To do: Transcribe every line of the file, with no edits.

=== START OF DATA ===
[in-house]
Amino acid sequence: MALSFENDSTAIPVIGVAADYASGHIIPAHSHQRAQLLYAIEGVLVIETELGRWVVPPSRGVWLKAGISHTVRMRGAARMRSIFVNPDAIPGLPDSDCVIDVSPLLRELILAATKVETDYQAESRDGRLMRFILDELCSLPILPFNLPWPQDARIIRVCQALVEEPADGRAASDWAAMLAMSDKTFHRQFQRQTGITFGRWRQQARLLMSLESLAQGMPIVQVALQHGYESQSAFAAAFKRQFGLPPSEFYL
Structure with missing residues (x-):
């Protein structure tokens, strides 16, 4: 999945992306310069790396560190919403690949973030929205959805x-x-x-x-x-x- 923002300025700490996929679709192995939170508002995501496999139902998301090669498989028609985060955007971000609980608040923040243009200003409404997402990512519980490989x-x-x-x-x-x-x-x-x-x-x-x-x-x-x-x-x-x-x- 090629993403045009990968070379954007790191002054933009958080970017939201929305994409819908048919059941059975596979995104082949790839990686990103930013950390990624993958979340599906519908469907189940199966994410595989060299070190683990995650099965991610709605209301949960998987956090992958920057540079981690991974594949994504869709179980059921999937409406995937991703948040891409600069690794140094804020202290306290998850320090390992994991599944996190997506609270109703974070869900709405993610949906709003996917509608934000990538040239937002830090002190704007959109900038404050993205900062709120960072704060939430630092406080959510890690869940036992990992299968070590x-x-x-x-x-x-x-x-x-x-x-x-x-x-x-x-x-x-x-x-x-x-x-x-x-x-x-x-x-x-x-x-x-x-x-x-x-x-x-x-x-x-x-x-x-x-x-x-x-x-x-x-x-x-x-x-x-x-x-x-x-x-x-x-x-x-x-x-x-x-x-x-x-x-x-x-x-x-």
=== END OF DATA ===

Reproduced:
[in-house]
Amino acid sequence: MALSFENDSTAIPVIGVAADYASGHIIPAHSHQRAQLLYAIEGVLVIETELGRWVVPPSRGVWLKAGISHTVRMRGAARMRSIFVNPDAIPGLPDSDCVIDVSPLLRELILAATKVETDYQAESRDGRLMRFILDELCSLPILPFNLPWPQDARIIRVCQALVEEPADGRAASDWAAMLAMSDKTFHRQFQRQTGITFGRWRQQARLLMSLESLAQGMPIVQVALQHGYESQSAFAAAFKRQFGLPPSEFYL
Structure with missing residues (x-):
């Protein structure tokens, strides 16, 4: 999945992306310069790396560190919403690949973030929205959805x-x-x-x-x-x- 923002300025700490996929679709192995939170508002995501496999139902998301090669498989028609985060955007971000609980608040923040243009200003409404997402990512519980490989x-x-x-x-x-x-x-x-x-x-x-x-x-x-x-x-x-x-x- 090629993403045009990968070379954007790191002054933009958080970017939201929305994409819908048919059941059975596979995104082949790839990686990103930013950390990624993958979340599906519908469907189940199966994410595989060299070190683990995650099965991610709605209301949960998987956090992958920057540079981690991974594949994504869709179980059921999937409406995937991703948040891409600069690794140094804020202290306290998850320090390992994991599944996190997506609270109703974070869900709405993610949906709003996917509608934000990538040239937002830090002190704007959109900038404050993205900062709120960072704060939430630092406080959510890690869940036992990992299968070590x-x-x-x-x-x-x-x-x-x-x-x-x-x-x-x-x-x-x-x-x-x-x-x-x-x-x-x-x-x-x-x-x-x-x-x-x-x-x-x-x-x-x-x-x-x-x-x-x-x-x-x-x-x-x-x-x-x-x-x-x-x-x-x-x-x-x-x-x-x-x-x-x-x-x-x-x-x-």